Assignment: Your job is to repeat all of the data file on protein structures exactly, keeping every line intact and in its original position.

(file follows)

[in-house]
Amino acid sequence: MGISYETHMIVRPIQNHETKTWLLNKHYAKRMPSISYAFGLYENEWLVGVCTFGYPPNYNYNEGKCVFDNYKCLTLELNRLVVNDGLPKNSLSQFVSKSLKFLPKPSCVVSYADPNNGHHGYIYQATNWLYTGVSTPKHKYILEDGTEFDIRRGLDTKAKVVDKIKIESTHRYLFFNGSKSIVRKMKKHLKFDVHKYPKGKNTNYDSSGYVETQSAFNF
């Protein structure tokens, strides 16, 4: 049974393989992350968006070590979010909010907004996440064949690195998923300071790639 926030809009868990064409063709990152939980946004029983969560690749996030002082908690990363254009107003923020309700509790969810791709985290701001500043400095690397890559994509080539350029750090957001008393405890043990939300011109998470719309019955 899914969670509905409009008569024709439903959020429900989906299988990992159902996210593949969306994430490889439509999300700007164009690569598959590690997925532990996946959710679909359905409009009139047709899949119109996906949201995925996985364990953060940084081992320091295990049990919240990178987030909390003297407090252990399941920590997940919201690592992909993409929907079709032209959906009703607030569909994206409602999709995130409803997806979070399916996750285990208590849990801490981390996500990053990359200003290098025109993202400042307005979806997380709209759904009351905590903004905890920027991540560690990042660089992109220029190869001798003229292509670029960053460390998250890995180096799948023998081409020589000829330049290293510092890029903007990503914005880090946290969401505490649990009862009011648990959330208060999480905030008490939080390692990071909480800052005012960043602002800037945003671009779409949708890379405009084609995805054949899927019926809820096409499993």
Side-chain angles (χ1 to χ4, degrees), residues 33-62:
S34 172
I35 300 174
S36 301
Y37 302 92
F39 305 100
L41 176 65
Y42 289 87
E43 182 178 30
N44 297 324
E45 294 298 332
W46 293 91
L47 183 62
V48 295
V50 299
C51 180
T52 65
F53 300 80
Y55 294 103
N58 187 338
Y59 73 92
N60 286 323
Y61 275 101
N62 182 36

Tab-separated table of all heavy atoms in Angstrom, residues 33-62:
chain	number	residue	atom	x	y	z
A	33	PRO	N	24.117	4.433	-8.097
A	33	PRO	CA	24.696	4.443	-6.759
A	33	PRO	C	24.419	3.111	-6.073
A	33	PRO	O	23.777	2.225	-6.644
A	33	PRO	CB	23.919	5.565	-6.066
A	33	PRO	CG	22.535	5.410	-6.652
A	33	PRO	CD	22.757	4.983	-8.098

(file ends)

[in-house]
Amino acid sequence: MGISYETHMIVRPIQNHETKTWLLNKHYAKRMPSISYAFGLYENEWLVGVCTFGYPPNYNYNEGKCVFDNYKCLTLELNRLVVNDGLPKNSLSQFVSKSLKFLPKPSCVVSYADPNNGHHGYIYQATNWLYTGVSTPKHKYILEDGTEFDIRRGLDTKAKVVDKIKIESTHRYLFFNGSKSIVRKMKKHLKFDVHKYPKGKNTNYDSSGYVETQSAFNF
């Protein structure tokens, strides 16, 4: 049974393989992350968006070590979010909010907004996440064949690195998923300071790639 926030809009868990064409063709990152939980946004029983969560690749996030002082908690990363254009107003923020309700509790969810791709985290701001500043400095690397890559994509080539350029750090957001008393405890043990939300011109998470719309019955 899914969670509905409009008569024709439903959020429900989906299988990992159902996210593949969306994430490889439509999300700007164009690569598959590690997925532990996946959710679909359905409009009139047709899949119109996906949201995925996985364990953060940084081992320091295990049990919240990178987030909390003297407090252990399941920590997940919201690592992909993409929907079709032209959906009703607030569909994206409602999709995130409803997806979070399916996750285990208590849990801490981390996500990053990359200003290098025109993202400042307005979806997380709209759904009351905590903004905890920027991540560690990042660089992109220029190869001798003229292509670029960053460390998250890995180096799948023998081409020589000829330049290293510092890029903007990503914005880090946290969401505490649990009862009011648990959330208060999480905030008490939080390692990071909480800052005012960043602002800037945003671009779409949708890379405009084609995805054949899927019926809820096409499993």
Side-chain angles (χ1 to χ4, degrees), residues 33-62:
S34 172
I35 300 174
S36 301
Y37 302 92
F39 305 100
L41 176 65
Y42 289 87
E43 182 178 30
N44 297 324
E45 294 298 332
W46 293 91
L47 183 62
V48 295
V50 299
C51 180
T52 65
F53 300 80
Y55 294 103
N58 187 338
Y59 73 92
N60 286 323
Y61 275 101
N62 182 36

Tab-separated table of all heavy atoms in Angstrom, residues 33-62:
chain	number	residue	atom	x	y	z
A	33	PRO	N	24.117	4.433	-8.097
A	33	PRO	CA	24.696	4.443	-6.759
A	33	PRO	C	24.419	3.111	-6.073
A	33	PRO	O	23.777	2.225	-6.644
A	33	PRO	CB	23.919	5.565	-6.066
A	33	PRO	CG	22.535	5.410	-6.652
A	33	PRO	CD	22.757	4.983	-8.098